Snapping a Polaroid Picture of Our Marketing Efforts
Last summer the DNSimple team met in Sheboygan for our annual family retreat. We met to speak about our initiatives covering the remainder of the year, including what is next for DNSimple's marketing efforts.
Around the same time I was reading an excellent book about marketing and the different channels available to the marketing team. I knew right away that this book could help us create a plan for our next actions. The book is called Traction: How any startup can achieve explosive customer growth, by Gabriel Weinberg, the founder of Duck Duck Go, and Justin Mares, the co-founder and CEO of Kettle & Fire.
Traction really spoke to me. It's an easy, clear read with examples in every chapter. The book is also a very systematic and structured approach to marketing—which is exactly what I felt I was missing. We were at a point where, as a team we needed to take a break and make an audit of our marketing activities; I figured Traction could be our blueprint. I took this opportunity to write down what channels we were already using, and define a plan on how to speak with the team about our upcoming marketing strategies. Traction helped me, and the entire team, take a polaroid picture of where we were.
In the book, there is a tool dubbed "Bullseye". It helps find the best traction channel for your company. It is a visual exercise, which is nice because you can see the creative aspects of Marketing Strategy. I remember taking a piece of paper and trying to figure out how I could apply the "Bullseye" to DNSimple right away.
I see Traction as a way to do a snapshot of our marketing actions at a given moment. This book inspired me to get our team together and start from point 1. First we went through our 19 channels one by one, together as a team, and discussed which ones we were already using and how we were using them. This exercise alone sparked a lot of discussion, we collected all of our existing marketing efforts into a single list. Initially, this took about two hours, during which we identified a marketing effort and tasked ourselves with rating its success. We also discussed whether each of those marketing efforts were acquiring new customers or not.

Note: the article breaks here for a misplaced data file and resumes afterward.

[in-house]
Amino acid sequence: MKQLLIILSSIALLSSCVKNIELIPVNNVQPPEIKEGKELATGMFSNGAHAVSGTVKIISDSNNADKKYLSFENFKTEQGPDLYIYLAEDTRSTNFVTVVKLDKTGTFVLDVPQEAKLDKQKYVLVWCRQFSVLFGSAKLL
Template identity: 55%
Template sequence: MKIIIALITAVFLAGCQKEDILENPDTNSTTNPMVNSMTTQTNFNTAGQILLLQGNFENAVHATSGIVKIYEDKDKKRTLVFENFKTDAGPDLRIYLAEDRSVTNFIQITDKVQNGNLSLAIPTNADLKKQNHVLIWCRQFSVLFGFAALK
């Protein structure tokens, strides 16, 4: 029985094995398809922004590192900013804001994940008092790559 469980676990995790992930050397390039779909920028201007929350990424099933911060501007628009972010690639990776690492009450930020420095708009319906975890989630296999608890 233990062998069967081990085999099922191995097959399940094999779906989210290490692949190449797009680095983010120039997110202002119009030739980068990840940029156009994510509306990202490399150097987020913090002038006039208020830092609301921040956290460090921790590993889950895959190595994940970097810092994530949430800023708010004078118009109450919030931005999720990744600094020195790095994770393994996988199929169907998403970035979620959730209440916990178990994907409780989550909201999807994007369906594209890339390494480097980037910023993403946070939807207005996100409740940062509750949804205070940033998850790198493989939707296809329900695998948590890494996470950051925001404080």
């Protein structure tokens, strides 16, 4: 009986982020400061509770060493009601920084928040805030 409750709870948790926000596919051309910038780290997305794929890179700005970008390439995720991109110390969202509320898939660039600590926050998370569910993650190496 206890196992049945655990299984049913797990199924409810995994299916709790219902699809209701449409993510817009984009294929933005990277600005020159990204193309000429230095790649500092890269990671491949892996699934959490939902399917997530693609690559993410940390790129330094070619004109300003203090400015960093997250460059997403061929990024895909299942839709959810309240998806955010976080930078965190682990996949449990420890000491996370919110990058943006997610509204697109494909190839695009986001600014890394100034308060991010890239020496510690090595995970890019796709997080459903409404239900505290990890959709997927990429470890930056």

The Bullseye was immensely valuable, as in several cases not everyone on the team was aware of certain marketing efforts we make. The discussion was also helpful to demonstrate the impact on the development side to implement some of the efforts we wanted to implement hadn't yet begun. We talked a lot about what strategies were helpful to get new customers, also what we should do in order to continue talking to our existing customers.
Exchanges like these are very valuable when you have all the members of a company together because it helps everyone take a different view on the work they are doing. What came of this meeting, for example, is that everyone realized how important it is to write blog posts and support articles to show potential customers who we are, keep existing customers informed about what we are doing, and to provide marketing materials for the company. There is a real interdependence between the different team members, and it is important that everybody on the team understands this.
After the first session we decided it would be valuable to do the same exercise again, but this time to focus on the new marketing actions we wanted to start. Bringing different ideas in front of the entire team was a way to get feedback and also give other team members the opportunity to collaborate on new efforts. By discussing each of the new potential marketing efforts, we were again able to get feedback on how this would impact each of the team members, and what the level of effort would be to needed in order to implement each effort. One point to clarify: for this exercise I didn't use the mathematical approach of the book, but instead I kept it as simple as possible. This is the first time we tried this exercise, and thus we had to start from ground zero. I am looking forward our next team meetup and being able to do the same exercise with data this time, rather than simply our intuition for what may work and what may not work.
What I took away from this exercise was the moment we were all together and sharing our vision of each efforts. Operators, developers, and marketers work better together when we are all in sync with one another. Big plans have little value if you can't implement them.
We left Sheboygan with a clear strategy and precise goals for everyone on the team. This audit gave us a chance to collaborate, share, and as an added benefit: everyone on the team got a better sense of the importance of good marketing to promote our product and acquire new customers.
Finally, one other benefit that came out from those meetings was the realization that everybody on the team is an advocate of our product, and that we all play an important role in the diffusion of our image. By working together we can have a strong product as well as a good way of sharing it with others.
Le bonheur ne s'achète pas mais on peut acheter du fromage et c'est presque pareil!
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